So: Apple, be a little more careful about leaving the 3rd party developers behind when you get into the “change for the sake of change” mode just because its hip and cool. I think the temptation is there for you.

  2. This is what worries me, Apple has built a very clever little world that favors the small screen. The smaller the screen the better. Their primary computing platform is the iPhone. The bigger the screen, the more powerful the computer, the fewer people who use it. Just the exact opposite of every other computer maker out there.

    I look at the music, video, news, and other Catalyst apps that came with Catalina (Catalyst and Catalina… ain’t Apple cute?) and they are flat, unimaginative dull little things that are certainly not selling points for the Mac. They’re all D+, C level work. Slightly prettier versions of the DOS painted screens we used to get before Windows.

    Nothing to inspire or recruit other developers at all.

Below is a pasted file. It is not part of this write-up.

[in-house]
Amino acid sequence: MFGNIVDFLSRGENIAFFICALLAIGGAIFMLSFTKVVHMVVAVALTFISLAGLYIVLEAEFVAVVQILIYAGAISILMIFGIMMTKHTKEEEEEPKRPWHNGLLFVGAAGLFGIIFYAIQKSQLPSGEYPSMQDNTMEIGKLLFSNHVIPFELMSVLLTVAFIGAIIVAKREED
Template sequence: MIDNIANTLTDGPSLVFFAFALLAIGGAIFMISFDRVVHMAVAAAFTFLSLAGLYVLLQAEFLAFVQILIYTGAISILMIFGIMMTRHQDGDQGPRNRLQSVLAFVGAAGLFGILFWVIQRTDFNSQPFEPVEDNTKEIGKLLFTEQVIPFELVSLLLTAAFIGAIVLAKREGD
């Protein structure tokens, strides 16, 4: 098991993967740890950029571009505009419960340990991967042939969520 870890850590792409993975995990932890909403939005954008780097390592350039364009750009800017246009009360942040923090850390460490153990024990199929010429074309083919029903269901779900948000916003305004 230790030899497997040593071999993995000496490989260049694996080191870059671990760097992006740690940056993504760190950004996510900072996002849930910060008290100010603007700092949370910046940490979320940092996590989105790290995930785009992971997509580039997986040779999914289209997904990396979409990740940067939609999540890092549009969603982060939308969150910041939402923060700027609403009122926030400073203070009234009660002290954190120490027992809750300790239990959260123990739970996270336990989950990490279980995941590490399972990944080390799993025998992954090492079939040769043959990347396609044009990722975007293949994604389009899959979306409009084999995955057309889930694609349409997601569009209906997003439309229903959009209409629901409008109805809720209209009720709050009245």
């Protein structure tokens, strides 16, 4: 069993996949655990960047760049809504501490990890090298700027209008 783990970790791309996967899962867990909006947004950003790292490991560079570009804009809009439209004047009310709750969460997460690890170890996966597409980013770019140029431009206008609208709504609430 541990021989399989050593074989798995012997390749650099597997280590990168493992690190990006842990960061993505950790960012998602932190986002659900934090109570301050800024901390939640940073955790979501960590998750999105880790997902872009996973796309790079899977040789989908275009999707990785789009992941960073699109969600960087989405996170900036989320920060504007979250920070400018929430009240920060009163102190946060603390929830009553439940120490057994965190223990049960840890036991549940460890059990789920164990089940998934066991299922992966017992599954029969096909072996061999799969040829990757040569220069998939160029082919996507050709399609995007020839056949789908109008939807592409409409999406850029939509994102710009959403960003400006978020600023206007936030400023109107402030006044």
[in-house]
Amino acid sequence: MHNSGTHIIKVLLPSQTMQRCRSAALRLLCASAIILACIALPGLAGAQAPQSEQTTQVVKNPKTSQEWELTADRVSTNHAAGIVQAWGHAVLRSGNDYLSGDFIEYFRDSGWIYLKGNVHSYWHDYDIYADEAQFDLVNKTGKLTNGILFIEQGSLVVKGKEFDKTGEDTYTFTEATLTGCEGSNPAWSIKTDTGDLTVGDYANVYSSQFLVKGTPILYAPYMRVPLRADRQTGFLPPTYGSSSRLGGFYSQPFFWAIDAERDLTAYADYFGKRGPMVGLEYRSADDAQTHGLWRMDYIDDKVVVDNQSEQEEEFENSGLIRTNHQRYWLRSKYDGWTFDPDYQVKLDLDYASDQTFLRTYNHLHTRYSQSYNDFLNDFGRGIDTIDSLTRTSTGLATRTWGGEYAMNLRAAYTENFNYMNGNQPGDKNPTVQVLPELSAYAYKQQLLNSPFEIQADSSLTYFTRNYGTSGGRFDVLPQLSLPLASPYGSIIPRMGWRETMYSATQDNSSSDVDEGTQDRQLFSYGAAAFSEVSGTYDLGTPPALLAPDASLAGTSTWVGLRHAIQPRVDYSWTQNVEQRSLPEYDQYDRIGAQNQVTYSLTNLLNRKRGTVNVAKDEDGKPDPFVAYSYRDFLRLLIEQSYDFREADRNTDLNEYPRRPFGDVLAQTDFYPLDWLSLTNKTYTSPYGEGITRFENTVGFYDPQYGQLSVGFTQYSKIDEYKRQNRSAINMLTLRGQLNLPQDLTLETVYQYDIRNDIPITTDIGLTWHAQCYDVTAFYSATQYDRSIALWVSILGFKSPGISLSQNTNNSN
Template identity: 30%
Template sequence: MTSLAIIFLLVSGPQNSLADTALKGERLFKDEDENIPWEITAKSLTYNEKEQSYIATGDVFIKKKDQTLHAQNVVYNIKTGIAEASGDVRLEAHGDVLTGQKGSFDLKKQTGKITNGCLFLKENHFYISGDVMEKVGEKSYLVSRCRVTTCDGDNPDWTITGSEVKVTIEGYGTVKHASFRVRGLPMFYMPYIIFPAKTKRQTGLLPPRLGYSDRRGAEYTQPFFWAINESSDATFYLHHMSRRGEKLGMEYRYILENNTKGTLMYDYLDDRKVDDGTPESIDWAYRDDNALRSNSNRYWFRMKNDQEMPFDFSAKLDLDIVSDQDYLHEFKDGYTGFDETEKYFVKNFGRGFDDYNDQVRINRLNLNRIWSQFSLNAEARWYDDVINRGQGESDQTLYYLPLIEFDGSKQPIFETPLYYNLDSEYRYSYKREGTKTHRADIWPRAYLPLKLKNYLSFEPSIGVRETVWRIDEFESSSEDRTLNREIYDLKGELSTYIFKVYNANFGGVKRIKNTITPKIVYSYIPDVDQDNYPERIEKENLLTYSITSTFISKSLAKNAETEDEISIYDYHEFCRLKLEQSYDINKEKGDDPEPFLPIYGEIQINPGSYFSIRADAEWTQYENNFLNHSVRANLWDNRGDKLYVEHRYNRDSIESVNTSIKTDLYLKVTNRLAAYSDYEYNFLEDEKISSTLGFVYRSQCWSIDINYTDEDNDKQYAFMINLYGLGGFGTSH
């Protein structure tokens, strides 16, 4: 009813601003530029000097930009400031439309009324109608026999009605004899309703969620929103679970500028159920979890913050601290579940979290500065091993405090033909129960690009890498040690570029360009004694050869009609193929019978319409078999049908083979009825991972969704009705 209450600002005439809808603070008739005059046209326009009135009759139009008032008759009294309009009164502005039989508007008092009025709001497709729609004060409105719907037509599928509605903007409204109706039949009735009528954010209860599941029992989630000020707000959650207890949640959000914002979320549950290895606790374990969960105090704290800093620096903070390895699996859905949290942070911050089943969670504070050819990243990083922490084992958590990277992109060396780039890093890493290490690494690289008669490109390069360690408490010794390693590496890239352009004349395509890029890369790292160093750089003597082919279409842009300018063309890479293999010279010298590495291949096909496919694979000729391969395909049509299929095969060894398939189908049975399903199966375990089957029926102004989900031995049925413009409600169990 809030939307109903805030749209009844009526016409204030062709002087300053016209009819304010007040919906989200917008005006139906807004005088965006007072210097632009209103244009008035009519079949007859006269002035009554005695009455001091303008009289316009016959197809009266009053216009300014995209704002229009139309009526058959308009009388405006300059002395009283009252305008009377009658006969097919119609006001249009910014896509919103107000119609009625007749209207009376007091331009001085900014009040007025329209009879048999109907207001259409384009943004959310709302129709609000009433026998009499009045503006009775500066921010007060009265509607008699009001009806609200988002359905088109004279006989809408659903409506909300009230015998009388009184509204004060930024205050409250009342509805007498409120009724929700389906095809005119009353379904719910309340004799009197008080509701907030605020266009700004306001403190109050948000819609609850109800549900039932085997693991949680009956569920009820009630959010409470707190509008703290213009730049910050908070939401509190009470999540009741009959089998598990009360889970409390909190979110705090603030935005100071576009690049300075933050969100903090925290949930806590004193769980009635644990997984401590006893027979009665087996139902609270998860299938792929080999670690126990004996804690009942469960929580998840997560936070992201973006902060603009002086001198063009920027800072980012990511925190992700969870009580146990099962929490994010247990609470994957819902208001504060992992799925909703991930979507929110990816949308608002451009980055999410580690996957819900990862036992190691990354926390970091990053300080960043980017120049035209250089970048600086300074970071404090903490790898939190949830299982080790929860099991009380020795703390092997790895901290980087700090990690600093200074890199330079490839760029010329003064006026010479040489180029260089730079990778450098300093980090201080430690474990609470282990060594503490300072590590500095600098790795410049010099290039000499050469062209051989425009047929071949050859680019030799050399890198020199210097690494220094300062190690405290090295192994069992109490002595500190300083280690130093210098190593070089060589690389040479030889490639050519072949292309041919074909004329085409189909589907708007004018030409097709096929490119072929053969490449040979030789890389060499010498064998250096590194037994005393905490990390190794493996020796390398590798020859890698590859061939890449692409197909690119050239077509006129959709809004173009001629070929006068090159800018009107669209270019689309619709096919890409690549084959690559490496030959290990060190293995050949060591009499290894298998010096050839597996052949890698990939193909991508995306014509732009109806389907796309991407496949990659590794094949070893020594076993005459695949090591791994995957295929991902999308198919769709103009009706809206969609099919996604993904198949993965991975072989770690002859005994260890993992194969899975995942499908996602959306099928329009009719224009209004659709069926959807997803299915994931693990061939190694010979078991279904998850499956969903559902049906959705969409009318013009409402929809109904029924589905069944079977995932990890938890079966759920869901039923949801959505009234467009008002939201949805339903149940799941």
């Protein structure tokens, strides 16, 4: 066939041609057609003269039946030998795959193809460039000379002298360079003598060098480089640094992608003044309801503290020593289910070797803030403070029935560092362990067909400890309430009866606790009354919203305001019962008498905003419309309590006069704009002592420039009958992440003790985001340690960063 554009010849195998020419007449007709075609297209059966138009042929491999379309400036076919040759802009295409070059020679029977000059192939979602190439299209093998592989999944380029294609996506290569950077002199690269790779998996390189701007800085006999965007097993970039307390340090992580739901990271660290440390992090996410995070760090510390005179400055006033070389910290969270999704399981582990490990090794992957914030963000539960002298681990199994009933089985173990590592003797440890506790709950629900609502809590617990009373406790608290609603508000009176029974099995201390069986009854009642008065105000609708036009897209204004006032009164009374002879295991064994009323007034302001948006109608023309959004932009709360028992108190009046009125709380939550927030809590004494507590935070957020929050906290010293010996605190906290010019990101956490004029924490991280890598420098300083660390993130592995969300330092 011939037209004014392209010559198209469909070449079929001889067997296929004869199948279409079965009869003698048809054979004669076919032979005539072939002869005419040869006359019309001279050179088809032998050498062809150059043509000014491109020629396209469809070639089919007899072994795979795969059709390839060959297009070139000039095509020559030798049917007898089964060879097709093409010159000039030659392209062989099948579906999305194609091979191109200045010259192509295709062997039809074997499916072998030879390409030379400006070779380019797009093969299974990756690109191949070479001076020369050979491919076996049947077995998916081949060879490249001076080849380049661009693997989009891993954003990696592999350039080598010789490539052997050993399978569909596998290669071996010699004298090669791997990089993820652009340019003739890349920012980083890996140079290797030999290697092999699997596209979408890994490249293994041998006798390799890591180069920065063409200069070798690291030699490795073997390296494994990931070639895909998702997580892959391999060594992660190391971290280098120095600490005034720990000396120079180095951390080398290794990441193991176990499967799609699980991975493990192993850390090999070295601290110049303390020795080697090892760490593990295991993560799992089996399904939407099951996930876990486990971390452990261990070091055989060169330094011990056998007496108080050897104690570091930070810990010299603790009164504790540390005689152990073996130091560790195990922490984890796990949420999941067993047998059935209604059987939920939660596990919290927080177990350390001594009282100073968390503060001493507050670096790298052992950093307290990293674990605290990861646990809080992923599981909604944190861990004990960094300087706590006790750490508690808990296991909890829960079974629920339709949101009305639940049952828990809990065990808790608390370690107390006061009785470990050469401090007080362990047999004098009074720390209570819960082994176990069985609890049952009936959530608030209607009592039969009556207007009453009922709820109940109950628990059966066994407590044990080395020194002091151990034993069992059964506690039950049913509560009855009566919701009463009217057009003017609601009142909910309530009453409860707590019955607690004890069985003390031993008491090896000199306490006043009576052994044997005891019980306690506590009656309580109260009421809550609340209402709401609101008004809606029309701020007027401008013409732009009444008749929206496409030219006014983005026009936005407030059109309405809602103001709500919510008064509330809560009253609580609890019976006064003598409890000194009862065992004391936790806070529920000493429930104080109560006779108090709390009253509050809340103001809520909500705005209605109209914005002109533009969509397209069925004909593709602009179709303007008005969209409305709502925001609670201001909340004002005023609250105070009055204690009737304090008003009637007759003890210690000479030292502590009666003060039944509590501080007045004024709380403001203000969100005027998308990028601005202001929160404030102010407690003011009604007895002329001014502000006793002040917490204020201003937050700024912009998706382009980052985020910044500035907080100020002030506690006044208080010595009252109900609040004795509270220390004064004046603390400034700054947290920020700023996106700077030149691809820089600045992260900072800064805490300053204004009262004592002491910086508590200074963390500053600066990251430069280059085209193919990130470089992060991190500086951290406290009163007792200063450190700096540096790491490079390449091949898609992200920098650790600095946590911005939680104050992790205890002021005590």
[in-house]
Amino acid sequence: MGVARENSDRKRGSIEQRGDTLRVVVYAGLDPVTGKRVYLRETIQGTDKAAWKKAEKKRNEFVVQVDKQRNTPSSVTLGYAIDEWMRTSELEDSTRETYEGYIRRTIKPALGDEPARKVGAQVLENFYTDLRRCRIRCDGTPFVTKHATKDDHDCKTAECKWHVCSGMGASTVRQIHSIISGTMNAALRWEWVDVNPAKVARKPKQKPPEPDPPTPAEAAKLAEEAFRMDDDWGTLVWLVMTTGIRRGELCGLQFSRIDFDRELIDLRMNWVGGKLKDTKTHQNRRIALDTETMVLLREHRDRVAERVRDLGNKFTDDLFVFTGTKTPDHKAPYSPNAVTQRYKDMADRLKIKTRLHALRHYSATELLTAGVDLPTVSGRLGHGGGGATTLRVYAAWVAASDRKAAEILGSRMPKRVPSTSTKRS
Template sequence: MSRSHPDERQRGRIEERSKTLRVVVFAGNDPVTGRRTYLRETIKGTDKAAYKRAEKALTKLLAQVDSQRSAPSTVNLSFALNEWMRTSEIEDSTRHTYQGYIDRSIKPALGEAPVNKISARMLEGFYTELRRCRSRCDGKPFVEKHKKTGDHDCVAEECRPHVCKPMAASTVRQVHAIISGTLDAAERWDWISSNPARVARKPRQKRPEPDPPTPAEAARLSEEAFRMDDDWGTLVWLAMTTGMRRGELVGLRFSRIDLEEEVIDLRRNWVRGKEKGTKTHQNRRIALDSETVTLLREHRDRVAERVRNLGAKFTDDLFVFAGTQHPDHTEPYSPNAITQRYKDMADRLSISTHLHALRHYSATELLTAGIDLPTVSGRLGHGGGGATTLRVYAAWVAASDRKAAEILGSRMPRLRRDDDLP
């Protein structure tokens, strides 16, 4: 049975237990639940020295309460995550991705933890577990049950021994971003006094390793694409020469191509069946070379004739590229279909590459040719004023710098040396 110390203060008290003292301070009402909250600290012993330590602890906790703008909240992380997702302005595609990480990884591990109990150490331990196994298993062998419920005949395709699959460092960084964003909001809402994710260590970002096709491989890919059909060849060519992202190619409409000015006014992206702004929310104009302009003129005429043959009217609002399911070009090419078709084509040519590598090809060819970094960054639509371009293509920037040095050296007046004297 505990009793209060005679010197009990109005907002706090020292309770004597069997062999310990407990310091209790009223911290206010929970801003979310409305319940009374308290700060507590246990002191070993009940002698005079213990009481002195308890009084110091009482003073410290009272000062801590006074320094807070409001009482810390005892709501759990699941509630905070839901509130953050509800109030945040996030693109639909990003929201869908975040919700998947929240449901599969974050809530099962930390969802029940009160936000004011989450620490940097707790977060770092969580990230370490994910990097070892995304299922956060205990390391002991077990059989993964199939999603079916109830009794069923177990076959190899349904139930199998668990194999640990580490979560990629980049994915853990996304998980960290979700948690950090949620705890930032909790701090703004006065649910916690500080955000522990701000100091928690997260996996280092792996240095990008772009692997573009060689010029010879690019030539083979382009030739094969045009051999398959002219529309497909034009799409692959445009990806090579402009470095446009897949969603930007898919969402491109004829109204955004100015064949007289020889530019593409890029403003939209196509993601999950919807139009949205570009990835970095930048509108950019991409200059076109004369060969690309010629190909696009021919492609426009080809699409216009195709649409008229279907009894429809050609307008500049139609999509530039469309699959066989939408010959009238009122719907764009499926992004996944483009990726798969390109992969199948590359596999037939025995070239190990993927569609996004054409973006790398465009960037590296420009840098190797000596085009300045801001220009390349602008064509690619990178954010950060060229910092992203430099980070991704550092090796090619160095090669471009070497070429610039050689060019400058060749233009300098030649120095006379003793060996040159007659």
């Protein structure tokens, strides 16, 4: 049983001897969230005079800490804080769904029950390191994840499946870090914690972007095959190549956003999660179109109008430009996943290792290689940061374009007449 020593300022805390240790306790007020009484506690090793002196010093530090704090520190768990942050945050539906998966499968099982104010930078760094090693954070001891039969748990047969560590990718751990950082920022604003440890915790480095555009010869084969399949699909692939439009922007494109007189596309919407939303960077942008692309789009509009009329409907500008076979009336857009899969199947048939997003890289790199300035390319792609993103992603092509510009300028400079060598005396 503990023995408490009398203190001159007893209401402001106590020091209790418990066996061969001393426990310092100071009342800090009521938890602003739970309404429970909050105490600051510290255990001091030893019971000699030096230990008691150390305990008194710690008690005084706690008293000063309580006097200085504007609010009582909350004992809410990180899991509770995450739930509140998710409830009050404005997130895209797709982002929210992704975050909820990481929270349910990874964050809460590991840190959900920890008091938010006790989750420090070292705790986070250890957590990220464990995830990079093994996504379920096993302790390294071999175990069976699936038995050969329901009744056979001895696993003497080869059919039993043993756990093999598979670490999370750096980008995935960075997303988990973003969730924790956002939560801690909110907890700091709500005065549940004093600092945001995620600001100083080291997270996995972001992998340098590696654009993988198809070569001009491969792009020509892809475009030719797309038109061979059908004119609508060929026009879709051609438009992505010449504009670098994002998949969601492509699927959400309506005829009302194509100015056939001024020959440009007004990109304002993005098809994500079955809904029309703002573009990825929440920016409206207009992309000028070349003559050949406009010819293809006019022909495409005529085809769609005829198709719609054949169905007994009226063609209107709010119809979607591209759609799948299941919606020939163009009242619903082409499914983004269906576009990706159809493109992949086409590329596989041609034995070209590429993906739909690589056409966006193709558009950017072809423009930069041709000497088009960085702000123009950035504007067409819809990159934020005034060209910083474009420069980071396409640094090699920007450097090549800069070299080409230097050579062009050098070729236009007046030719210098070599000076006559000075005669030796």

We live in a world where people put screens that can handle 4K or more on their desks and Apple is building apps that only use a fraction of that, except maybe FCPro.

    There is no incentive to develop from the top down. All incentive is to develop from the bottom up.

    And this is why I see the famed Apple ecosphere rapidly becoming the Apple Ghetto.

    The world of all Apple apps is like Apple games. They exist, but Meh.

    Apple has blocked entry for way too long. Instead of iOS Apps, Apple should have been making technology transfer from Windows to Mac easy.

  3. “Apple should have been making technology transfer from Windows to Mac easy.”

    Migarating an app developed for an archaic structure to a modern structure would be an incredibly complex/difficult task.